People consider homeschooling their children for a myriad of reasons.
Something that used to be considered “off the beaten path” has become more mainstream in recent years and is a viable option for many – especially those with diverse learning needs.
With the question of whether schools will reopen in the fall (and if so, what will that look like?), many parents are considering homeschooling their children for the very first time.
Could this be the right choice for you and your family?
Let’s dive in and look at some of the benefits of homeschooling a neurodiverse child!
Outside-the-box children often have a difficult time navigating a system that is very much “one size fits all”. Unfortunately, this is exactly how our public school system is structured.
It’s very hard for a child in class of 25+ kids to get the individualized instruction they need to fully comprehend a subject they struggle with. Homeschooling gives you the opportunity to tailor each lesson to your child’s specific needs.
If you have a tactile learner, make use of math manipulatives and fidget toys.
For little ones who love to read, choose a literature-based program that allows you to learn together by curling up on the couch with a good book.
If your child struggles to pay attention, keep lessons short and take frequent wiggle breaks.
For those who are always moving, take lessons outside. Practice math fact flashcards while jumping on the trampoline. For science, take nature walks or dig in the garden.
If you’ve got a budding chef, let school happen in the kitchen. Learn to read with cookbooks. Learn fractions with baking. Learn to write with shopping lists and concocting new recipes. Talk about health and nutrition, food safety, and budgeting.
When you open yourself up to all the different possibilities, the sky is the limit.
In a world where people pride themselves on how busy they are, quality time as a family is hard to come by. The COVID-19 pandemic has changed that for many. It was a wake-up call, a time for people to re-evaluate their priorities and figure out what is truly important.
Homeschooling offers families the opportunity to spend more time together. A typical day of learning can often be done in just a fraction of the time a child spends in a public school classroom. Your child won’t have to wait for other students to finish assignments, take bathroom breaks, or eat meals.
Time spent waiting turns into time spent doing.
You can structure the day in a way that makes sense for your family.
Do you work part-time in the mornings? Your child can hang out with Grandma while you work (and maybe even do independent assignments). Then, the two of you can complete your lessons after a hearty lunch together.
Does Dad travel often for work? Homeschooling can give your family the opportunity to travel together and see the country instead of spending all that time apart.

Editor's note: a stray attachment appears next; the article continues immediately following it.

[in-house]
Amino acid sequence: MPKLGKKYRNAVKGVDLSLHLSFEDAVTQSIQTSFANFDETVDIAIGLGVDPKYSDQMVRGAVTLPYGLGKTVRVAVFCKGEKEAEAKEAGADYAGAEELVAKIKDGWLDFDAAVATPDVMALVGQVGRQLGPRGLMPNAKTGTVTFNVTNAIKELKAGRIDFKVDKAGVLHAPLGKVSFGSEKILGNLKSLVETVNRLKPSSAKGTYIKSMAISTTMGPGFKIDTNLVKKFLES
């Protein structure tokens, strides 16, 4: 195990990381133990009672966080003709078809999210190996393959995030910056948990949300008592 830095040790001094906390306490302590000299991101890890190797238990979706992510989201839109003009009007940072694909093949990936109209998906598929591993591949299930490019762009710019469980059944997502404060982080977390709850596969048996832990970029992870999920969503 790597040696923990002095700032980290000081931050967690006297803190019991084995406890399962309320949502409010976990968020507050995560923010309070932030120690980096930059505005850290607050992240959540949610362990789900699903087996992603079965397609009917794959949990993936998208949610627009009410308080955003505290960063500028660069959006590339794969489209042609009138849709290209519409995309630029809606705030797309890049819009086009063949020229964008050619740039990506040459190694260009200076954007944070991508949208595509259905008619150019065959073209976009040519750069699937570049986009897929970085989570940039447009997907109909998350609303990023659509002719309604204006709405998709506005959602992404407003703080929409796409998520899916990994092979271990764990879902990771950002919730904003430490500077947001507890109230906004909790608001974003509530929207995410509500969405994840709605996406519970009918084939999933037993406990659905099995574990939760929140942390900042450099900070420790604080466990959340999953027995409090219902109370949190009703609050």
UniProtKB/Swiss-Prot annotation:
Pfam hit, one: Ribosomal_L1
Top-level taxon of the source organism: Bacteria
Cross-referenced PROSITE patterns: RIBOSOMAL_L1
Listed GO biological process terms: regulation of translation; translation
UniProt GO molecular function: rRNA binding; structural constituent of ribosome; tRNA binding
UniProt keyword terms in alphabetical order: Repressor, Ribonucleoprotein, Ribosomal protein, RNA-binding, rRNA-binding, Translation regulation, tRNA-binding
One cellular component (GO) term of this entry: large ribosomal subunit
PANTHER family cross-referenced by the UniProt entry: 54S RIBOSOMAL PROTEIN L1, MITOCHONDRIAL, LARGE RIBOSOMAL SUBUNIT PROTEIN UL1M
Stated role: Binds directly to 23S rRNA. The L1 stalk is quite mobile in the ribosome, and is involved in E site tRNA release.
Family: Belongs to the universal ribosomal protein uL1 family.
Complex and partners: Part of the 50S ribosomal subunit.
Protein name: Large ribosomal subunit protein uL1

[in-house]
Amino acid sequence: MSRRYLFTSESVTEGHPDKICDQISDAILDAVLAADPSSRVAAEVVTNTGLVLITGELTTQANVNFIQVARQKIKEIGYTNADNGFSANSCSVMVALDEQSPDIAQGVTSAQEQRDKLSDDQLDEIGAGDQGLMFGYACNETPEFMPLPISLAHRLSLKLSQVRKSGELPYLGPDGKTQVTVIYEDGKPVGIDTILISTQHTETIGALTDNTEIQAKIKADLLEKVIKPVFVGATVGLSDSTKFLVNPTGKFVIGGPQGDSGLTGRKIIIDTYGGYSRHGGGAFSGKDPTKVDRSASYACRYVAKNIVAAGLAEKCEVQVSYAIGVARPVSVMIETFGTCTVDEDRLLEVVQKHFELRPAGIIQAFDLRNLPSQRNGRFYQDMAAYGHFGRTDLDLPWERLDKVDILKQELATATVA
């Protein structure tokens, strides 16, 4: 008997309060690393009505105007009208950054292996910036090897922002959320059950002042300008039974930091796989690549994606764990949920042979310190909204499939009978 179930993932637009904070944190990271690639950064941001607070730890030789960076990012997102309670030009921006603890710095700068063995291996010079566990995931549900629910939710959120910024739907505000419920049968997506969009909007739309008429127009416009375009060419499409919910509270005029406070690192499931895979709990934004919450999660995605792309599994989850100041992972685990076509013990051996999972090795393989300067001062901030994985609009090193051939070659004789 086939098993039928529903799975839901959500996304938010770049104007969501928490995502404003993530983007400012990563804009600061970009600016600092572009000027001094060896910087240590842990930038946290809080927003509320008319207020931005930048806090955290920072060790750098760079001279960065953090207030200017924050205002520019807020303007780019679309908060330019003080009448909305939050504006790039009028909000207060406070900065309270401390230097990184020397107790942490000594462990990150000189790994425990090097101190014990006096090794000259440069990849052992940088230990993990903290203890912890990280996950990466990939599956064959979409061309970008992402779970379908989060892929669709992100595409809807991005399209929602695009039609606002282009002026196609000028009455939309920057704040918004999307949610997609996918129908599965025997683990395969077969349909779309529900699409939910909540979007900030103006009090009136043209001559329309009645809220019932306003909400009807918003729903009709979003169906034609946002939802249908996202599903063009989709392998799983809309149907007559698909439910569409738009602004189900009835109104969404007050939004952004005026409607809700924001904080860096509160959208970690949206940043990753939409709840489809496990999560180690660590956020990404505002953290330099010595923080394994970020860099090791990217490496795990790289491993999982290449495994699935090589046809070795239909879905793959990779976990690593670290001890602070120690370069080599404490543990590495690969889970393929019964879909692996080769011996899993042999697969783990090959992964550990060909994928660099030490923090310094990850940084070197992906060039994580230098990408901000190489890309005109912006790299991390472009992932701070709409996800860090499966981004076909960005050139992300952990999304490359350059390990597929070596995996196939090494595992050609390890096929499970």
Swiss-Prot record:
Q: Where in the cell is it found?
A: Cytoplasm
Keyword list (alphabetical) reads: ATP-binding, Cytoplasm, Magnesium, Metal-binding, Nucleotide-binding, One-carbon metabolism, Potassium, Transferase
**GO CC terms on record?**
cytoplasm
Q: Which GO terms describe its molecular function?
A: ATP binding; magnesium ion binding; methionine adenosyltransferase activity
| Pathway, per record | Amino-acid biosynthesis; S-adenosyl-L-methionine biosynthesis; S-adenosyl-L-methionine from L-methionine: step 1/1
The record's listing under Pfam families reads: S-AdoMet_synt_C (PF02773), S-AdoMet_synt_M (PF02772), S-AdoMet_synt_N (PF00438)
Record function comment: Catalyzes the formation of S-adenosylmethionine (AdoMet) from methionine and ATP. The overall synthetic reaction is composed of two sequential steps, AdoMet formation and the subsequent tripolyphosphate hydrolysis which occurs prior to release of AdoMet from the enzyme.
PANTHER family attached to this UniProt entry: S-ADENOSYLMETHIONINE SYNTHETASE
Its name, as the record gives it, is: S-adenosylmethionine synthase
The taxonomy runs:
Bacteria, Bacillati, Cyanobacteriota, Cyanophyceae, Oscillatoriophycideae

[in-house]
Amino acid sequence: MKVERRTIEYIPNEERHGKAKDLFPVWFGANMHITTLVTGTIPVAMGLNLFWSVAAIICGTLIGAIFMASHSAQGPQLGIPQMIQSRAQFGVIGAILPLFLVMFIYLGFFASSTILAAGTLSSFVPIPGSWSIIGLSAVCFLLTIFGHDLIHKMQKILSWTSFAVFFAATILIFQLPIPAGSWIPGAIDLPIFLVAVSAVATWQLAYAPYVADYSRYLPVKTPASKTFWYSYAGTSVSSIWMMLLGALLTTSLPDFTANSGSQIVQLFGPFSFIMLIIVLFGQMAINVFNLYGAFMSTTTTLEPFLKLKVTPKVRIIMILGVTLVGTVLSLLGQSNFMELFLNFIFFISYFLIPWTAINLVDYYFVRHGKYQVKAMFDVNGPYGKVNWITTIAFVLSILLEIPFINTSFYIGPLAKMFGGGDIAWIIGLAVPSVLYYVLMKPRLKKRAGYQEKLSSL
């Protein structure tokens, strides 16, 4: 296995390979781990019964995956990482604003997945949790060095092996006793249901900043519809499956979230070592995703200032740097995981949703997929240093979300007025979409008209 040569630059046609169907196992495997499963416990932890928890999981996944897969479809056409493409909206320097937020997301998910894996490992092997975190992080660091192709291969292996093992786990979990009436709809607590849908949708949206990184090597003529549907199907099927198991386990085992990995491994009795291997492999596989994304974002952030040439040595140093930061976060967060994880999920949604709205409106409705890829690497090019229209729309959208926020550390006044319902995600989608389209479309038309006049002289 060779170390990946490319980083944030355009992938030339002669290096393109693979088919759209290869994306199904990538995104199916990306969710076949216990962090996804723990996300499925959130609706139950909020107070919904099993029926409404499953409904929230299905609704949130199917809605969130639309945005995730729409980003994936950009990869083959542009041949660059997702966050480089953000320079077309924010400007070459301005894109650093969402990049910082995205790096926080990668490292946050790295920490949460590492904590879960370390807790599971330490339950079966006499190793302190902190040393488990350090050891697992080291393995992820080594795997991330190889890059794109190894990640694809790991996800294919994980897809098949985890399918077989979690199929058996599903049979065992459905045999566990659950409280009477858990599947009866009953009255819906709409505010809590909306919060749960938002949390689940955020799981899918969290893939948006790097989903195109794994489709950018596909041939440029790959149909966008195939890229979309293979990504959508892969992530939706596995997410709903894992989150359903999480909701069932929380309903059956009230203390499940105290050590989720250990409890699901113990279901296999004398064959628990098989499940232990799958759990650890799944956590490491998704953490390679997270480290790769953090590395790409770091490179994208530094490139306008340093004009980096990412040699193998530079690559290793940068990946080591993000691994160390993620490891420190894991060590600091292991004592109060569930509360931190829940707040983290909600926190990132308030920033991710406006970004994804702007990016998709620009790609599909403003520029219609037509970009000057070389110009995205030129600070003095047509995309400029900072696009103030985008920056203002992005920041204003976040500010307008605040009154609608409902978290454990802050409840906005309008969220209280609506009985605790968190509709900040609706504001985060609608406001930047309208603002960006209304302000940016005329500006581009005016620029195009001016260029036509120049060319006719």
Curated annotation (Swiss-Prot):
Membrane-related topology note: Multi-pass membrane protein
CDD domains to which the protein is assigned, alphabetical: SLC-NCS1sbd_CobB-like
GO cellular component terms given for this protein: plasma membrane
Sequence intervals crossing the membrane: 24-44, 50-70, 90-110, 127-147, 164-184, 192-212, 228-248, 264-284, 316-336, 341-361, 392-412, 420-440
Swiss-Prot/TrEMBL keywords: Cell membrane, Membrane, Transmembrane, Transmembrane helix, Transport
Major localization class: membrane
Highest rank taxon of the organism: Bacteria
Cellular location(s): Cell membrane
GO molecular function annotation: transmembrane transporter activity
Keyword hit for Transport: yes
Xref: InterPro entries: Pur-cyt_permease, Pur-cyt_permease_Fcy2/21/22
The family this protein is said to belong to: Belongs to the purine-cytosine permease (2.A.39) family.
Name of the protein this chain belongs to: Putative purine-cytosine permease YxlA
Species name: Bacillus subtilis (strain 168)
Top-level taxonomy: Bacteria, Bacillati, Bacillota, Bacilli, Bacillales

Do you have several kids spanning a wide range of ages? Look into unit studies where the whole family learns together and assignments are tailored to each child’s ability.
Whatever your family life looks like, homeschooling your child offers flexibility and the freedom to make it work for you.
A neurodiverse child often requires more medical care than a neurotypical child. Routine visits, specialists, and therapy appointments all take up time and require children to miss school. For a child already having trouble in a standard classroom, the time missed is likely to put them even further behind.
When you homeschool, you have the ability to schedule lessons around your child’s medical appointments. There are many ways to do this.
You can block out certain days of the week for appointments.
You can complete lessons in the evening after dinner.
You can school year-round and take frequent breaks for appointments, errands, and even vacations.
Or, you can take school on the road with you and work your child’s education into your busy day-to-day.
You can listen to an audiobook or science podcast in the car.
You can bring a clipboard and do worksheets in the waiting room.
You can even turn certain appointments into field trips.
Going to the dentist? Spend a few days leading up to the appointment learning about dental health. Call ahead and ask the office if the hygienist and/or dentist would be willing to answer your child’s questions and maybe give a quick tour if they aren’t too busy. If so, let your child prepare a list of questions they’d like to ask. After the appointment, they can present what they learned. This can be done by writing a sentence/paragraph/page (depending on their ability) and drawing a picture, designing a poster, writing a short book, or even creating slideshow or video.
Take this same format and apply it to any appointment or errand. How can you meet your child where they are and encourage learning in any environment?
That is the beauty of homeschooling.
Homeschooling offers many benefits (more than we can possibly cover in one post!) and can be a great option for so many families – neurodiverse or not.
– An individualized education
– More time together as a family
– Flexibility and freedom in your schedule
– And so many more!
With all the uncertainty surrounding the coming school year, now might be the time to take a leap and let your kids learn at home. You can always re-enroll them when you’re ready, but who knows? You might find you love it and decide to keep going!
If you found this helpful, please share across your favorite social media platforms and be sure to subscribe!